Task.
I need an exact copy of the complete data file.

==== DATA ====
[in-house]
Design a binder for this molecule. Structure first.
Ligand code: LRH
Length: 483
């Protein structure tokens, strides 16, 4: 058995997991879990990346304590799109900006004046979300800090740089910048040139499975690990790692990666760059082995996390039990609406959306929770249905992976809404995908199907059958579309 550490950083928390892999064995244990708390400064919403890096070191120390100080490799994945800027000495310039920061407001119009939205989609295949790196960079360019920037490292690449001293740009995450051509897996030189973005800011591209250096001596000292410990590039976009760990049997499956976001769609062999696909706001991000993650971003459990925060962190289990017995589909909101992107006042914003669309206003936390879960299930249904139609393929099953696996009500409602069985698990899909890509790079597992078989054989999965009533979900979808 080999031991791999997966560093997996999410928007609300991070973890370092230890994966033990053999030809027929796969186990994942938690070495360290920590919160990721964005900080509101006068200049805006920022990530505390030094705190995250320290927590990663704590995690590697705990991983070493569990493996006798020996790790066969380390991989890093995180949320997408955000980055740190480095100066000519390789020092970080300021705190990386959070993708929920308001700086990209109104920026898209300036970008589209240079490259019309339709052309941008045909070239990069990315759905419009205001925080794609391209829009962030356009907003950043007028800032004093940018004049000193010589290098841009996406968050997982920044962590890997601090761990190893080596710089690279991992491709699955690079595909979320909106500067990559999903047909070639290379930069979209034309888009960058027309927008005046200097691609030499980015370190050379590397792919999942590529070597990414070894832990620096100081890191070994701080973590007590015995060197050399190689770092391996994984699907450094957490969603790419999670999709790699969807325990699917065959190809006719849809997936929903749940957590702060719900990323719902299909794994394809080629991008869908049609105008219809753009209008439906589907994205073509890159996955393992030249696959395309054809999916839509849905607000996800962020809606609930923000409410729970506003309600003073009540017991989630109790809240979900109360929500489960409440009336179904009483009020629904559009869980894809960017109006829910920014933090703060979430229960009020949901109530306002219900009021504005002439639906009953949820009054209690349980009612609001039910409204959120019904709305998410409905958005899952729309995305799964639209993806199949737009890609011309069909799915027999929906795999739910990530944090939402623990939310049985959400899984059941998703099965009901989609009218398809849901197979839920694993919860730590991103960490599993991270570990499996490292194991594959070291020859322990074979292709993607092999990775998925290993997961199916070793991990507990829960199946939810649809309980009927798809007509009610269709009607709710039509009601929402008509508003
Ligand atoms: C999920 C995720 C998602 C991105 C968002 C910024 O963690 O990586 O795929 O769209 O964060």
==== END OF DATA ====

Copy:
[in-house]
Design a binder for this molecule. Structure first.
Ligand code: LRH
Length: 483
């Protein structure tokens, strides 16, 4: 058995997991879990990346304590799109900006004046979300800090740089910048040139499975690990790692990666760059082995996390039990609406959306929770249905992976809404995908199907059958579309 550490950083928390892999064995244990708390400064919403890096070191120390100080490799994945800027000495310039920061407001119009939205989609295949790196960079360019920037490292690449001293740009995450051509897996030189973005800011591209250096001596000292410990590039976009760990049997499956976001769609062999696909706001991000993650971003459990925060962190289990017995589909909101992107006042914003669309206003936390879960299930249904139609393929099953696996009500409602069985698990899909890509790079597992078989054989999965009533979900979808 080999031991791999997966560093997996999410928007609300991070973890370092230890994966033990053999030809027929796969186990994942938690070495360290920590919160990721964005900080509101006068200049805006920022990530505390030094705190995250320290927590990663704590995690590697705990991983070493569990493996006798020996790790066969380390991989890093995180949320997408955000980055740190480095100066000519390789020092970080300021705190990386959070993708929920308001700086990209109104920026898209300036970008589209240079490259019309339709052309941008045909070239990069990315759905419009205001925080794609391209829009962030356009907003950043007028800032004093940018004049000193010589290098841009996406968050997982920044962590890997601090761990190893080596710089690279991992491709699955690079595909979320909106500067990559999903047909070639290379930069979209034309888009960058027309927008005046200097691609030499980015370190050379590397792919999942590529070597990414070894832990620096100081890191070994701080973590007590015995060197050399190689770092391996994984699907450094957490969603790419999670999709790699969807325990699917065959190809006719849809997936929903749940957590702060719900990323719902299909794994394809080629991008869908049609105008219809753009209008439906589907994205073509890159996955393992030249696959395309054809999916839509849905607000996800962020809606609930923000409410729970506003309600003073009540017991989630109790809240979900109360929500489960409440009336179904009483009020629904559009869980894809960017109006829910920014933090703060979430229960009020949901109530306002219900009021504005002439639906009953949820009054209690349980009612609001039910409204959120019904709305998410409905958005899952729309995305799964639209993806199949737009890609011309069909799915027999929906795999739910990530944090939402623990939310049985959400899984059941998703099965009901989609009218398809849901197979839920694993919860730590991103960490599993991270570990499996490292194991594959070291020859322990074979292709993607092999990775998925290993997961199916070793991990507990829960199946939810649809309980009927798809007509009610269709009607709710039509009601929402008509508003
Ligand atoms: C999920 C995720 C998602 C991105 C968002 C910024 O963690 O990586 O795929 O769209 O964060």